We will see what will be put into practice during the process. If [the Israelis] move forward in a promising way, we will make our contribution. Then, there would be an exchange of ambassadors.
The difference between this formulation and that of Palestinian Arab negotiators since Oslo is nil.
Bad optics for Israel? Probably – due to media bias – but there is a larger dynamic at work here, and we’d better get used to it. Everyone involved in this episode has put his cards on the table. Netanyahu acted according to Israeli policy, which often manifests itself as the art of the possible; pressed during the Obama visit for an “event,” he offered the deal his government had been proposing anyway. He has taken a hurdle, finished some business.
Obama, acting from his particular perspective on international relations, urged a showy reconciliation moment on both parties. He may or may not have understood that the moment wasn’t going to be meaningful to the prospects of U.S. policy goals.
Erdogan, an anti-liberal Islamist with his own vision and bigger fish to fry, began back-pedaling on any sense of Turkish obligation from the “deal” as soon as it was concluded. Duh.
Bibi is a (classical) liberal pragmatist. Obama is a Western hard-left ideologue. Erdogan is an Islamist autocrat. Could have written this script in advance. Remember it, though, because this is what we’re going to be seeing in the coming days: everyone reverting to type, and American-brokered diplomatic “moments” having little or no meaning for the future of American policy objectives. The structure of the Pax Americana is no longer in force.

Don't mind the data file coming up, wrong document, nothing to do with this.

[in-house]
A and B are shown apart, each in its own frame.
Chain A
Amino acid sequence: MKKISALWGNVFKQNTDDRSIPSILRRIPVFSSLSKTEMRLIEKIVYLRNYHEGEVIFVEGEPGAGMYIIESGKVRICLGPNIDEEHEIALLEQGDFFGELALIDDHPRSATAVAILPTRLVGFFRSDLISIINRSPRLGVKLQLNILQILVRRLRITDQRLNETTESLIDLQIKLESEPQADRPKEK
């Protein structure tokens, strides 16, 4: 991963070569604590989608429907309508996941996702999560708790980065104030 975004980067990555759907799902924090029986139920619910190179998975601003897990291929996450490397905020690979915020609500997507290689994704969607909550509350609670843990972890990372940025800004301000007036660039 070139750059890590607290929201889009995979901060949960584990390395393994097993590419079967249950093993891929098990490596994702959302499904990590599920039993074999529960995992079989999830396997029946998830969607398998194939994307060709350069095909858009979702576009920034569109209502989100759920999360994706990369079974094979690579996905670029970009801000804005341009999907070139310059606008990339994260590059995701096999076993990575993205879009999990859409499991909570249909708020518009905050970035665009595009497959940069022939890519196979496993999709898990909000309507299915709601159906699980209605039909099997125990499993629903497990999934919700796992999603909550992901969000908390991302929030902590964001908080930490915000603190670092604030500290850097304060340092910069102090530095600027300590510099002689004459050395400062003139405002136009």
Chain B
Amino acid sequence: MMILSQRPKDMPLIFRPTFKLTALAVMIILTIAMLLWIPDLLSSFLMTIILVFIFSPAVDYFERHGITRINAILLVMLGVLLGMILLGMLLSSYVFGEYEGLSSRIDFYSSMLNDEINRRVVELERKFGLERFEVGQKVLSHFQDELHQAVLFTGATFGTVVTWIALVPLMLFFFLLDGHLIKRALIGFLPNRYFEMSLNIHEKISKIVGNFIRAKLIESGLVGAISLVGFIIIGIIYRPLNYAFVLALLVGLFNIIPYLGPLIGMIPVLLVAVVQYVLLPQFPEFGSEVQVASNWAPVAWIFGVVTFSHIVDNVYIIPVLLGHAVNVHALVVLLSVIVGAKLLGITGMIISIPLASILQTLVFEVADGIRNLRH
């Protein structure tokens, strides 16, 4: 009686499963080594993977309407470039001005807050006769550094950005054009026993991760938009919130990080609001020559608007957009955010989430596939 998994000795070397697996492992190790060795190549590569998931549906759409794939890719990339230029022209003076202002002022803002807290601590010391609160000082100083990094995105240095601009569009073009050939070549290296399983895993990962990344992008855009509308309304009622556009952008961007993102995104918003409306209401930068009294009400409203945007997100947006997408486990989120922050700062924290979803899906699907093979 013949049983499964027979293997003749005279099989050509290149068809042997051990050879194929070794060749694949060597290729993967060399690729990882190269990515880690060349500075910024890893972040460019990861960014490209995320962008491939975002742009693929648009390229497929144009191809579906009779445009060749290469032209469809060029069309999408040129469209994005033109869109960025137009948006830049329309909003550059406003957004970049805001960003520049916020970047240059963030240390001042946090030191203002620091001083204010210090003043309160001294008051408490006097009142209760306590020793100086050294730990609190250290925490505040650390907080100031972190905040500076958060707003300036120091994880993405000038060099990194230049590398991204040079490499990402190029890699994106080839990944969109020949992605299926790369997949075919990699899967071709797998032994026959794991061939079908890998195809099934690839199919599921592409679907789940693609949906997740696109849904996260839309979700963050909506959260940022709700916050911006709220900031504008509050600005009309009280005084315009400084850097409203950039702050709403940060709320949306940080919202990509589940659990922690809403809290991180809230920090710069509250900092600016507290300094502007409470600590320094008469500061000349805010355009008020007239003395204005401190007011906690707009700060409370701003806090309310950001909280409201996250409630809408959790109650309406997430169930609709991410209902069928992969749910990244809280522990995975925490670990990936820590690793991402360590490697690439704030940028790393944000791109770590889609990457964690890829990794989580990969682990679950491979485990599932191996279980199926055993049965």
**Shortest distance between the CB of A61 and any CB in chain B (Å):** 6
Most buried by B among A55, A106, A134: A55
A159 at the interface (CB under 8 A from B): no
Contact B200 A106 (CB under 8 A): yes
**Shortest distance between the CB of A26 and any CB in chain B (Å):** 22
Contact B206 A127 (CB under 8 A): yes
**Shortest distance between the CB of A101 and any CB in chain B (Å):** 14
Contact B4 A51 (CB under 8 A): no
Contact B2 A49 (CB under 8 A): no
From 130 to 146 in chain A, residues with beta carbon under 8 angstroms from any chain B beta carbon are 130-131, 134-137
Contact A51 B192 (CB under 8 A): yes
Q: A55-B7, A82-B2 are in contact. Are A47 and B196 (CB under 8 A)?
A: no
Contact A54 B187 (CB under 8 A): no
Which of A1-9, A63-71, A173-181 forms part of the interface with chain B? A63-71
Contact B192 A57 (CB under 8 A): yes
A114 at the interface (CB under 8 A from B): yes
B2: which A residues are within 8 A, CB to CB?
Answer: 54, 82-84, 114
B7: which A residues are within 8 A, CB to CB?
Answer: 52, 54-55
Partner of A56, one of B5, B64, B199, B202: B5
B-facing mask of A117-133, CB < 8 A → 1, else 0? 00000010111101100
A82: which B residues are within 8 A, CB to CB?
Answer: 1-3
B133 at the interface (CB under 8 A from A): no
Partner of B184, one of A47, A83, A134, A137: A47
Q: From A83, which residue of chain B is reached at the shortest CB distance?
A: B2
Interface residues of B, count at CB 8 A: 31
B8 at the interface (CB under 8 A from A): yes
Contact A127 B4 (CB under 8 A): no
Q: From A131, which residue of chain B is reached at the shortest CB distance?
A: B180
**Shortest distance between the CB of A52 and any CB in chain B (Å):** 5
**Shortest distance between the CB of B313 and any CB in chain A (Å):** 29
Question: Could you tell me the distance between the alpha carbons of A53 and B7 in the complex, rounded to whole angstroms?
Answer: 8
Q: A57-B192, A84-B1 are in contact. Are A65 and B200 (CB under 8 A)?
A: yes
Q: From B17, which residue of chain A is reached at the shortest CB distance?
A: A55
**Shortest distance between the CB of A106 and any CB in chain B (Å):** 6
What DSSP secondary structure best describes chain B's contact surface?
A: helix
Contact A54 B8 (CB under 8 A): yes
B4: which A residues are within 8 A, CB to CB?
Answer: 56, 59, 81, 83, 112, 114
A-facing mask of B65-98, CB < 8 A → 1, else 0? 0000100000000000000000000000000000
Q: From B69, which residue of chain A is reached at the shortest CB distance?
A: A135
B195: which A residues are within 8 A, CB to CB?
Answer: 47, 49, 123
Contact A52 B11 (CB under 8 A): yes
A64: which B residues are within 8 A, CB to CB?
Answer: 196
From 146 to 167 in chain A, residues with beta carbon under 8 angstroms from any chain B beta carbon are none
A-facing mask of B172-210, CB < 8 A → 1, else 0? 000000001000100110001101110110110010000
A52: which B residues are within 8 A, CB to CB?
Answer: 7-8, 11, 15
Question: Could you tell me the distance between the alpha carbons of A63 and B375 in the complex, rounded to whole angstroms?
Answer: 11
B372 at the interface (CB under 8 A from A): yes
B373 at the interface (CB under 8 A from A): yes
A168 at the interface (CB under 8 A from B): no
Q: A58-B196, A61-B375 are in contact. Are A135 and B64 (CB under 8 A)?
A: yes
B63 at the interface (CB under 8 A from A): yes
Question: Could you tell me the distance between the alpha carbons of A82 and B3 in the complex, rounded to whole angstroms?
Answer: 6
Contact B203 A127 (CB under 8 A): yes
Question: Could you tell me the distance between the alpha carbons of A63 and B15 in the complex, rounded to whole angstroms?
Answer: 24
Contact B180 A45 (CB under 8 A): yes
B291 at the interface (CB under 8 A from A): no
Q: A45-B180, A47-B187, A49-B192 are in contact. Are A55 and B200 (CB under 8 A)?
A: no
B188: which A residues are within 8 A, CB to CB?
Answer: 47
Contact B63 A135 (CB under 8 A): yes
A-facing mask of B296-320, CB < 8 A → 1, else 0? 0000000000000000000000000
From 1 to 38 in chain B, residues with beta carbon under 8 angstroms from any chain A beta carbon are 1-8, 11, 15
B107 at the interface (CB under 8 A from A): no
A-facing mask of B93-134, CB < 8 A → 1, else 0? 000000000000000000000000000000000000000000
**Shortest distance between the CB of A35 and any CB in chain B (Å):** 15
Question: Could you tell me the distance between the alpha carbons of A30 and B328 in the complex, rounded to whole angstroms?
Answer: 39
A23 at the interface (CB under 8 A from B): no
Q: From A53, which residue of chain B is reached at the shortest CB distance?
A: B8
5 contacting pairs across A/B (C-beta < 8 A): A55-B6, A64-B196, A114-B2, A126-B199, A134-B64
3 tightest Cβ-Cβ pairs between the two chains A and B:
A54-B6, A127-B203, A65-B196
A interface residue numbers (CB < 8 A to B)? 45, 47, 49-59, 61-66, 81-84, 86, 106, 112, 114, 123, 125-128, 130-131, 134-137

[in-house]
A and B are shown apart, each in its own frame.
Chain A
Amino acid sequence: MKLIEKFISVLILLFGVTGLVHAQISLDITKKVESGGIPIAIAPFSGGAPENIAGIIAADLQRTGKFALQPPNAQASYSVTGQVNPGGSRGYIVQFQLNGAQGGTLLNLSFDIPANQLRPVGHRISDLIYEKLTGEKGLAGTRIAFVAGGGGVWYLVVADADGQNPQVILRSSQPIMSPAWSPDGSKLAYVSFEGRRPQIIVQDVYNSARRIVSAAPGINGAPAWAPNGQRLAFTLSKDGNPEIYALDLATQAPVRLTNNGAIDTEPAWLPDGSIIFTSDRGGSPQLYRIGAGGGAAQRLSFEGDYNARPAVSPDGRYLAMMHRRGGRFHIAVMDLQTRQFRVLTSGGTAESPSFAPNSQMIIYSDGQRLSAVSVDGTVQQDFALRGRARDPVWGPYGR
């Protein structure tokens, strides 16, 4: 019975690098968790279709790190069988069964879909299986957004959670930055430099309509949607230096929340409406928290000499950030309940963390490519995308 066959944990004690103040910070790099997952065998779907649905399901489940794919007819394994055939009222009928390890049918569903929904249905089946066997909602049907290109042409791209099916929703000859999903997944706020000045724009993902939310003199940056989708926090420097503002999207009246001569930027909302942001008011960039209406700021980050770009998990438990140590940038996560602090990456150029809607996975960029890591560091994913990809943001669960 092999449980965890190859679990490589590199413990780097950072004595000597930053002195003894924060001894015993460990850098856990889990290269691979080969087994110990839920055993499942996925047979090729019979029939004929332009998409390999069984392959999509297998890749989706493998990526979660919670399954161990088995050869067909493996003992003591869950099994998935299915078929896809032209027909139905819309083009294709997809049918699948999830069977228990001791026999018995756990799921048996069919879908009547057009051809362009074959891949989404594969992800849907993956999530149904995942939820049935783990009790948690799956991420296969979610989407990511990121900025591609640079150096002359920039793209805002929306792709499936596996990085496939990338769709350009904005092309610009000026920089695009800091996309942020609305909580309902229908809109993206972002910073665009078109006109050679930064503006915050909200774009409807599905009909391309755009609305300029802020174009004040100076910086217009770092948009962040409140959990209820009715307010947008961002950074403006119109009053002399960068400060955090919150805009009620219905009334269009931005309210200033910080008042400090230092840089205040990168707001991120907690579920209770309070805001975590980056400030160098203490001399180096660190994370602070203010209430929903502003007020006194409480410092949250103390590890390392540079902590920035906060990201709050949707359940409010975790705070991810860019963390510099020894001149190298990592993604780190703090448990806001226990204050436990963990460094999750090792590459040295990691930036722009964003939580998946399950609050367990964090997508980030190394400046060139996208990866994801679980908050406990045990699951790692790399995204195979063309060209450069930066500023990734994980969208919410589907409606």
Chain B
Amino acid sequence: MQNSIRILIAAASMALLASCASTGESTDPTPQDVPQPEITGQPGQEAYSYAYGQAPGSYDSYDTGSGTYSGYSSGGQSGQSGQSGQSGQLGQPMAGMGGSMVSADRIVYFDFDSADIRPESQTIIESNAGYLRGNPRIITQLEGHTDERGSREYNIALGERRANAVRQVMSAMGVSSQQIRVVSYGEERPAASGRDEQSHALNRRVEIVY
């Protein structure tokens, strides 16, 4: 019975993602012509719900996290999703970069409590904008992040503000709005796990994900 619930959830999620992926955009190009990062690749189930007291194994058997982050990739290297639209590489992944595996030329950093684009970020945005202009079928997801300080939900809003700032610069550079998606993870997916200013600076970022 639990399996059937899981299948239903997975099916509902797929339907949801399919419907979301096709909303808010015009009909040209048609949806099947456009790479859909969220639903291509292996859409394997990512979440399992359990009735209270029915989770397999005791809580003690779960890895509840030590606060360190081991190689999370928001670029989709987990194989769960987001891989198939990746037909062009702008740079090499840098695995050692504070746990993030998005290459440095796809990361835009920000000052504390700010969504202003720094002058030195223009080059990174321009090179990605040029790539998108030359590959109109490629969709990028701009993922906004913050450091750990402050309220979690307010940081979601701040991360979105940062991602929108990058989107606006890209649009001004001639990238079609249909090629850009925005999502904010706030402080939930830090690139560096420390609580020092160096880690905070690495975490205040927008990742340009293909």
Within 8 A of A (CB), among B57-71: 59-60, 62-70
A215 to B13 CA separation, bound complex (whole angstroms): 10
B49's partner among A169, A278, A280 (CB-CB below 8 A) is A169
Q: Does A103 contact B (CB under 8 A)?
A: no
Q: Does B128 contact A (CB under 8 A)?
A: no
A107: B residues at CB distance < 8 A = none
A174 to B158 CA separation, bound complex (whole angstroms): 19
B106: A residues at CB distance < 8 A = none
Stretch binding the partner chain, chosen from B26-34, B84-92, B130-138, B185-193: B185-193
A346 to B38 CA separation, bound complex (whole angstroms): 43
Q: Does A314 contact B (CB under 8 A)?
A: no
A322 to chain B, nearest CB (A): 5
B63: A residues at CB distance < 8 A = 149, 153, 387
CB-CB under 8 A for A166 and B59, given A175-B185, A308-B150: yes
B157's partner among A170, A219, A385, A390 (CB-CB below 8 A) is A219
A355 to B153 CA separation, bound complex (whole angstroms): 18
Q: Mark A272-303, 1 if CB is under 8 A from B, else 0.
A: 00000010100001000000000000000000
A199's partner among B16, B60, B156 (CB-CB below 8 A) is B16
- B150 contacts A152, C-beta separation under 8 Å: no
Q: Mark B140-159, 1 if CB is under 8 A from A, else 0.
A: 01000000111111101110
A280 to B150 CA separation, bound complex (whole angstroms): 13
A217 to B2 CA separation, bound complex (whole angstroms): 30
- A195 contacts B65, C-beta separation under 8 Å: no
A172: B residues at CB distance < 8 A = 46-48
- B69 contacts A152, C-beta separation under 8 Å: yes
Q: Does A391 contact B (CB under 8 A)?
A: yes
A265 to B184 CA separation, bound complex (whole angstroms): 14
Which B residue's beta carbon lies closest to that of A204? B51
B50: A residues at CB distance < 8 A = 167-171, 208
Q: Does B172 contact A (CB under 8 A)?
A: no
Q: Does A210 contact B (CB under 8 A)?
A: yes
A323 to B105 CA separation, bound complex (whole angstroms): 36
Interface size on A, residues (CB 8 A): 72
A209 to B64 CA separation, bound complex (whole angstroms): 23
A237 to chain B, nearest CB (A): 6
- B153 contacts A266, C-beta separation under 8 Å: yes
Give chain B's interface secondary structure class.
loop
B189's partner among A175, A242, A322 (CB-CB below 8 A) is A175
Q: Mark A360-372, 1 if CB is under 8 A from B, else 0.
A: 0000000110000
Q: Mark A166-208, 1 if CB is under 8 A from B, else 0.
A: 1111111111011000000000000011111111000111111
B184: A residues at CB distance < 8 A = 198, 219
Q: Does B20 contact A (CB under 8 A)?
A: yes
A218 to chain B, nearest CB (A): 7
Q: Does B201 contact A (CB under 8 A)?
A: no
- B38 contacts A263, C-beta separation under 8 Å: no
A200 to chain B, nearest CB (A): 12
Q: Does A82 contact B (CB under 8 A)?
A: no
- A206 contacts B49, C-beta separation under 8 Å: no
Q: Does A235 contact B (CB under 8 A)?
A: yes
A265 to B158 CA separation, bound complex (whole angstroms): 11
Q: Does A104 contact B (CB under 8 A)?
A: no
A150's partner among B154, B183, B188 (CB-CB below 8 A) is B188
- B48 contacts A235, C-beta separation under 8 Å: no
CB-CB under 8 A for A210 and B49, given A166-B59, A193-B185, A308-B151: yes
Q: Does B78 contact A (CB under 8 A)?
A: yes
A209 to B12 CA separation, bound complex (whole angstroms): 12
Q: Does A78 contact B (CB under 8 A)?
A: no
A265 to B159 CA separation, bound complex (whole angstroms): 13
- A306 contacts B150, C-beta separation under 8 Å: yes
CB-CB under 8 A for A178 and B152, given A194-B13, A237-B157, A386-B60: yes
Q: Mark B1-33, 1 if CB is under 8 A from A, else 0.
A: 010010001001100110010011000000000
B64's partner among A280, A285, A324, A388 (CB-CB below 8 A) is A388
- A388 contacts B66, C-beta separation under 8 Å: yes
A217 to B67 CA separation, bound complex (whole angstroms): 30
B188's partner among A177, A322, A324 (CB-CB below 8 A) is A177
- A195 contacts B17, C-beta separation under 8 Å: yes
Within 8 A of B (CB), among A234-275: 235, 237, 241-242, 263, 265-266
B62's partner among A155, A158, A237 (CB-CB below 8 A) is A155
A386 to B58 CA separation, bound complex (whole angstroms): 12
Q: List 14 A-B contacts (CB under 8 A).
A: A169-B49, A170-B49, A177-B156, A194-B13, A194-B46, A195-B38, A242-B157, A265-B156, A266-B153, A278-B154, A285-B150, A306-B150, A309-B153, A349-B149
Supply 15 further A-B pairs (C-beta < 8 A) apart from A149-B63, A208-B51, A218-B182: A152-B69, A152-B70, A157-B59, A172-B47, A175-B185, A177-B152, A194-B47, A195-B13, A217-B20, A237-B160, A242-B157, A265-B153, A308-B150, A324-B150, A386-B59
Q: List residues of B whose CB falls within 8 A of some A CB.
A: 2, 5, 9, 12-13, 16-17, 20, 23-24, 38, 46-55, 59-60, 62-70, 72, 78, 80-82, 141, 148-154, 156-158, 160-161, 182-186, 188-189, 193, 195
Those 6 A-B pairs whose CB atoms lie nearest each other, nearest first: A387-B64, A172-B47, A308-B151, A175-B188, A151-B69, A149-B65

And with it has gone the firebreak on radical visions. Erdogan feels free to act more like Yasser Arafat than like an accountable negotiating partner. He doesn’t perceive himself to be constrained by the status quo, but only by how hard others will push to preserve it. At some point, he will have to either break with NATO or subvert it; my bet right now is on “Cyprus” as the focusing agent for that watershed juncture.
To the extent that he can solidify his position on all matters “Eastern Mediterranean” by cooperating with Israel on other things – such as preventing overspill from Syria, or trying to neutralize the Kurds – he will do that. The “apology” has reopened the door to such opportunities for him. “Playing nice” with Israel may well redound to his credit as NATO considers its security perspective on the resolution of the Cyprus issue. Now he has the option again, courtesy of Netanyahu and Obama.
But Erdogan is playing a different game from that in which the U.S., Israel, and the EU are engaged. We are trying to make marginal changes within the status quo (e.g., with the “peace process” and a resolution in Syria); Erdogan’s ultimate objective is to change the status quo itself. If we keep that in mind, we won’t misread either his actions, or what, in his view, constitutes success or failure.
Part 2 is here.